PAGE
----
Biden Hopes Tax Credit Will Encourage Vaccine-Hesitant Americans To Get One Anyway

The money was included in the American Rescue Plan, which Congress passed and Biden signed into law last month.

WASHINGTON — President Joe Biden on Wednesday encouraged Americans who do not want a COVID-19 vaccine to get one anyway by reminding them that small businesses can take a full tax credit against paid time off they provide for the vaccination and, if need be, recovery afterward.

“I’m calling on every employer, large and small, in every state, to give employees the time off they need, with pay, to get vaccinated. And any time they need, with pay, to recover, if they’re feeling under the weather after the shot,” Biden said in brief remarks from the Eisenhower Executive Office Building next door to the White House. “No working American should lose a single dollar from their paycheck because they chose to fulfill their patriotic duty of getting vaccinated.”

He said conversations with people across the country made him realize that some people cannot afford to take time from work to get a vaccine. “Every employee should get paid leave to get a shot. And businesses should know they can provide it without a hit to their bottom line,” he said.

Under the $1.9 trillion American Rescue Plan, which Congress passed and Biden signed into law last month, businesses with 500 employees or fewer can claim a tax credit for as much as $511 a day for paid time off they provide to their employees, up to 10 days for vaccinations and recovery time per employee.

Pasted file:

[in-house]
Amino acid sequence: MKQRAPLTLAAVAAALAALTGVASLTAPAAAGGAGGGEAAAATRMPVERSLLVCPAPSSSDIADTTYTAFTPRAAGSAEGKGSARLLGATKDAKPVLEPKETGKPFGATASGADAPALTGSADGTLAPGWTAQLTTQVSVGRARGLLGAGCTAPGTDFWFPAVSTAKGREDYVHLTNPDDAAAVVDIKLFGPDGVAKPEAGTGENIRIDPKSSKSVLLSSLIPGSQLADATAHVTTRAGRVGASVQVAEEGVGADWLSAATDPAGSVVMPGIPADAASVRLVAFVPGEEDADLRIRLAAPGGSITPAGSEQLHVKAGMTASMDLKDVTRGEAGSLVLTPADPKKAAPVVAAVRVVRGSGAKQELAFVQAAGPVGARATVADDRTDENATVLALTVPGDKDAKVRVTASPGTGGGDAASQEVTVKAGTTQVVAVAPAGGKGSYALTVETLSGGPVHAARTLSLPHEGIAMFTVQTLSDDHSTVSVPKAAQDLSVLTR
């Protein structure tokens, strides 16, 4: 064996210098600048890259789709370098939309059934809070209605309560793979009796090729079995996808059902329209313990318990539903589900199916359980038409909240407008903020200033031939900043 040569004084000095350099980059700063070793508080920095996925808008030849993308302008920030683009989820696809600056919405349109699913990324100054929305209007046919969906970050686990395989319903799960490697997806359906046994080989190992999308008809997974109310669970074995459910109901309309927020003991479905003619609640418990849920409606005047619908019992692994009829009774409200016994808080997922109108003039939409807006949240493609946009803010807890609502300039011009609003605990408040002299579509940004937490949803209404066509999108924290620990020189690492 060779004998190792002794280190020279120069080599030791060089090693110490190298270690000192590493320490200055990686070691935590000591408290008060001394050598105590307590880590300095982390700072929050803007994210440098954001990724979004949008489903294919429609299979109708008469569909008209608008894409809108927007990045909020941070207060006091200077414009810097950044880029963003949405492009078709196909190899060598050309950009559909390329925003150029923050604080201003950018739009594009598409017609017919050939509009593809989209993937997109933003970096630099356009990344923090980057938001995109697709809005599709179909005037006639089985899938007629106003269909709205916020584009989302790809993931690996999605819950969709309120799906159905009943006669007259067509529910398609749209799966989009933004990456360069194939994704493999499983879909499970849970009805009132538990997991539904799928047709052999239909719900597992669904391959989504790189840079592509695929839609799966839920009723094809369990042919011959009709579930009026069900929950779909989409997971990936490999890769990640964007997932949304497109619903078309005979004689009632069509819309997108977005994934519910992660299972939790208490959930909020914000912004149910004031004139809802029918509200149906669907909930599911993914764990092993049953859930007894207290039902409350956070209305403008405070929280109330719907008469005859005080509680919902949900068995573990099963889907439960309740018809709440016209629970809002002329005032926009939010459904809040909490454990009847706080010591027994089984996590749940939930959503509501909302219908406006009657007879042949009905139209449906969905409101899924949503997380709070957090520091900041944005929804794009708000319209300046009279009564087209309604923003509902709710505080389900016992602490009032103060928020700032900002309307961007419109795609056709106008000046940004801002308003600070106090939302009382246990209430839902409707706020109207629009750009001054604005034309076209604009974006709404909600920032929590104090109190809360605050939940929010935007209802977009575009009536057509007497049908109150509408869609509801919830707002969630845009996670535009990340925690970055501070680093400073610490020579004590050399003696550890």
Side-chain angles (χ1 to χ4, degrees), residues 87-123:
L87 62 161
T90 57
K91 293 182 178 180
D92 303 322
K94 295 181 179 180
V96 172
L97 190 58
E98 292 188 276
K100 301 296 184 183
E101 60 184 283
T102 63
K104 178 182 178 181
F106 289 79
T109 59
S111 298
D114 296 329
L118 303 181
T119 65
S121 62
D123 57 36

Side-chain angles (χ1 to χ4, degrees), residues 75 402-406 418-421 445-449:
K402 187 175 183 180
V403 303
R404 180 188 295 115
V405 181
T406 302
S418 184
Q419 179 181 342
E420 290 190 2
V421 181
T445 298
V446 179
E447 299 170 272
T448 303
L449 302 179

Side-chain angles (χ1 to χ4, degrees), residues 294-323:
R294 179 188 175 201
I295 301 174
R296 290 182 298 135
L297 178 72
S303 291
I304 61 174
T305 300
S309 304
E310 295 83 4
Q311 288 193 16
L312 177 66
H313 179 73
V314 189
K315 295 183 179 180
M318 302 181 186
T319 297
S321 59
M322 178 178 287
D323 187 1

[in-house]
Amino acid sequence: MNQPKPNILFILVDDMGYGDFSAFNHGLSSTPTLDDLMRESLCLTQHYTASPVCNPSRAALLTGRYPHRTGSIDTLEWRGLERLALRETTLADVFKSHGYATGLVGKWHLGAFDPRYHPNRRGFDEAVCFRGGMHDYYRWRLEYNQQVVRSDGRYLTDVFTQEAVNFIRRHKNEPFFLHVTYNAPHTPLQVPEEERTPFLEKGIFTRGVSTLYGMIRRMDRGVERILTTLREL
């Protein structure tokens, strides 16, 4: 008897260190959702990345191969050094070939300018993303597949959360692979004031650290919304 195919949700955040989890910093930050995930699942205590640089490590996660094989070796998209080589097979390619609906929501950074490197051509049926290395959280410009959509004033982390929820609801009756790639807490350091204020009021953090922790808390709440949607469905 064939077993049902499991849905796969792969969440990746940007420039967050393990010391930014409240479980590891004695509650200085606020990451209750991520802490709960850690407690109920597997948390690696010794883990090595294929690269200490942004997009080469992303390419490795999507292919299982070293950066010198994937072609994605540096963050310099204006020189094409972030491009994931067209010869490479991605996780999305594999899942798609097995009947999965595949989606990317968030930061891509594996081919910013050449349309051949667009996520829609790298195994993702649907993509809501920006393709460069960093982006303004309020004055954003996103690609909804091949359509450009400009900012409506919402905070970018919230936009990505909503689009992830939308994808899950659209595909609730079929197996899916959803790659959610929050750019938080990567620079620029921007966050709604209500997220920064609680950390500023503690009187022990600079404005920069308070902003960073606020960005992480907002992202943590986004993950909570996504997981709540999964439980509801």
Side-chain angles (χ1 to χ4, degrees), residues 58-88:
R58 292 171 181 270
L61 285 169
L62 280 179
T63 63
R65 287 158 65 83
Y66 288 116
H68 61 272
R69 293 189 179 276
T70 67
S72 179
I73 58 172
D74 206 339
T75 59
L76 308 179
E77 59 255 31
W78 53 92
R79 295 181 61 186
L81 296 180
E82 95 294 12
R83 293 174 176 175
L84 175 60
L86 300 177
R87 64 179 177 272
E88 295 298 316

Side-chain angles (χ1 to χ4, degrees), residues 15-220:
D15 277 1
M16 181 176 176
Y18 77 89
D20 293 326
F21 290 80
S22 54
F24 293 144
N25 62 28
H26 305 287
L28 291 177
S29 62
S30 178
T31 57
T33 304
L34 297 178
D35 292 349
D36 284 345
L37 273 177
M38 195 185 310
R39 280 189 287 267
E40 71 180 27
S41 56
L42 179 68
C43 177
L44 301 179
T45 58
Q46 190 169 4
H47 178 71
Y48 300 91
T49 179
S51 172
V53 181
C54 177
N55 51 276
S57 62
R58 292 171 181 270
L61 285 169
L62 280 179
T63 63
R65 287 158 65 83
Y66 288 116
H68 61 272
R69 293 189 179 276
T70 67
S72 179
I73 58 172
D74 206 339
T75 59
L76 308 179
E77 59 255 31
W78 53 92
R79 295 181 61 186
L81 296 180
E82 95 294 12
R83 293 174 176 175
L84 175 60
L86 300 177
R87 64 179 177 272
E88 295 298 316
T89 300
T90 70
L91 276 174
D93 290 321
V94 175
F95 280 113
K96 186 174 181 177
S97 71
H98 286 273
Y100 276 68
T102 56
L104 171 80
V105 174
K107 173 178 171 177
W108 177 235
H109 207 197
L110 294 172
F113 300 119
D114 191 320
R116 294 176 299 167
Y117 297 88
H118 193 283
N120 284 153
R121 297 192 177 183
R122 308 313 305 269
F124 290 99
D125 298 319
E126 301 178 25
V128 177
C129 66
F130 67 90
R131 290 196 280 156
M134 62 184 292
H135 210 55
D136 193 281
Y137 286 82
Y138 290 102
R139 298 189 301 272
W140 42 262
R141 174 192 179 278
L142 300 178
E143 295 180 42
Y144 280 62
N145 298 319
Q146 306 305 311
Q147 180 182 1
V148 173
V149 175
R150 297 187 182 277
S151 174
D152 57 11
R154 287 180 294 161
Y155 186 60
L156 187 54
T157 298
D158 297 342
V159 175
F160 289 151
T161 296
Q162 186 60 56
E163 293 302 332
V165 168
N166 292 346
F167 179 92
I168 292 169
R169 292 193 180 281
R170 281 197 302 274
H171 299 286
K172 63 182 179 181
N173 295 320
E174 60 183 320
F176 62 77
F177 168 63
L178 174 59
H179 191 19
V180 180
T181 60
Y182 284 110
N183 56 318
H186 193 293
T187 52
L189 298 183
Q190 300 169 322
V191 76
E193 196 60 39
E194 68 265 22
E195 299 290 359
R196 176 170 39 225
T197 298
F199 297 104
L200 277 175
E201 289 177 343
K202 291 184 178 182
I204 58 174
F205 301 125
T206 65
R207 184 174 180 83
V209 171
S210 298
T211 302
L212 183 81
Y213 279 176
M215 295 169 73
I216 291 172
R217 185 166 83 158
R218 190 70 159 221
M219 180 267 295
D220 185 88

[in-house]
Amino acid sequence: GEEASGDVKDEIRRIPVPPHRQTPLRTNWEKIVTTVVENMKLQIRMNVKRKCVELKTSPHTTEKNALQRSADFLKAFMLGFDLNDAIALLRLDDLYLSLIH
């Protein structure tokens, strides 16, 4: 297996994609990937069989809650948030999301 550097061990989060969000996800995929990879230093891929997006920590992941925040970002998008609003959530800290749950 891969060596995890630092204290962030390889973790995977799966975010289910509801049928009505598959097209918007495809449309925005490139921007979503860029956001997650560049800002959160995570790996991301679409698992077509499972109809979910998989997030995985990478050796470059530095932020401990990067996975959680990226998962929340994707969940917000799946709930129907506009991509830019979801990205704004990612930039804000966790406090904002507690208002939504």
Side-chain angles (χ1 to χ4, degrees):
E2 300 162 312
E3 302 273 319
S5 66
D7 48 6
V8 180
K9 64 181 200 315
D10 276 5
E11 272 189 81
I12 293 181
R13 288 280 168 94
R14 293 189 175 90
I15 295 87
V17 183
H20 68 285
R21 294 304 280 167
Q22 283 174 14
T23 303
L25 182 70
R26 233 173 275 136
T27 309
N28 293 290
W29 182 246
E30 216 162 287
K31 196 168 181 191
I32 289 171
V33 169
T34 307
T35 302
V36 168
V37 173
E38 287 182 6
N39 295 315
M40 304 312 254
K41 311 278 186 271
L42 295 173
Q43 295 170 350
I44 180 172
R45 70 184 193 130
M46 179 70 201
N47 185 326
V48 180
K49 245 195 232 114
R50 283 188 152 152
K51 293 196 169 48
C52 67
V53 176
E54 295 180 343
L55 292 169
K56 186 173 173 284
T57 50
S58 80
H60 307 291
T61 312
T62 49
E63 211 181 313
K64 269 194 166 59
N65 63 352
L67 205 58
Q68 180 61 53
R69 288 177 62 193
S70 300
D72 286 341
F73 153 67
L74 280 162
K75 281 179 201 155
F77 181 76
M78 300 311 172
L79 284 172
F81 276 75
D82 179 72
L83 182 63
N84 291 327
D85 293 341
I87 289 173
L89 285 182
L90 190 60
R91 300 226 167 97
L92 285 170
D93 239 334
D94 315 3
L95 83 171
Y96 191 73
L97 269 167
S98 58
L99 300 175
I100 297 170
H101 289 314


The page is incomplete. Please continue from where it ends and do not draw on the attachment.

A senior administration official who spoke on condition of anonymity said a quarter of Americans who say they will not get vaccinated may consider doing so if they know they would not lose money.

“No one should have to lose pay to be vaccinated,” the official said, adding that Biden will call on small businesses — who in total account for nearly half of all private sector employment — to encourage their workers to get the vaccine.

Most large employers already have paid time off for sick days.

President Joe Biden signs the American Rescue Plan on March 11 in the Oval Office of the White House.
President Joe Biden signs the American Rescue Plan on March 11 in the Oval Office of the White House.
MANDEL NGAN via Getty Images

A Quinnipiac University survey last week found that 27% of Americans — and nearly half of Republicans — do not want to get a vaccine against the virus that has killed 568,532 in this country and 3 million around the world; 68% said they had already been vaccinated or intend to be.

According to the Centers for Disease Control and Prevention, 213 million doses of COVID-19 vaccines have already been administered in the United States, with 132 million Americans age 18 and over, or 51%, having at least one dose, and 86 million, or 33%, being fully vaccinated.

Biden took office with the stated goal of delivering 100 million doses of vaccines in his first 100 days in office, and then increased that to 200 million doses when the early target was easily reached more than a month ago.

Biden on Wednesday also took credit for having ramped up the vaccination rate since taking office, and thanked his COVID-19 team, federal agencies, state and local governments, retired health care workers who volunteered to administer shots and everyday Americans for lining up to get vaccinated.

“This is an American achievement, a powerful demonstration of unity and resolve, what unity can do for us,” he said.

He also urged every American 16 and over to get vaccinated as soon as possible, now that the elderly, health care workers, teachers, police and firefighters have been largely taken care of.

“If you’ve been waiting for your turn, wait no longer,” the president added.

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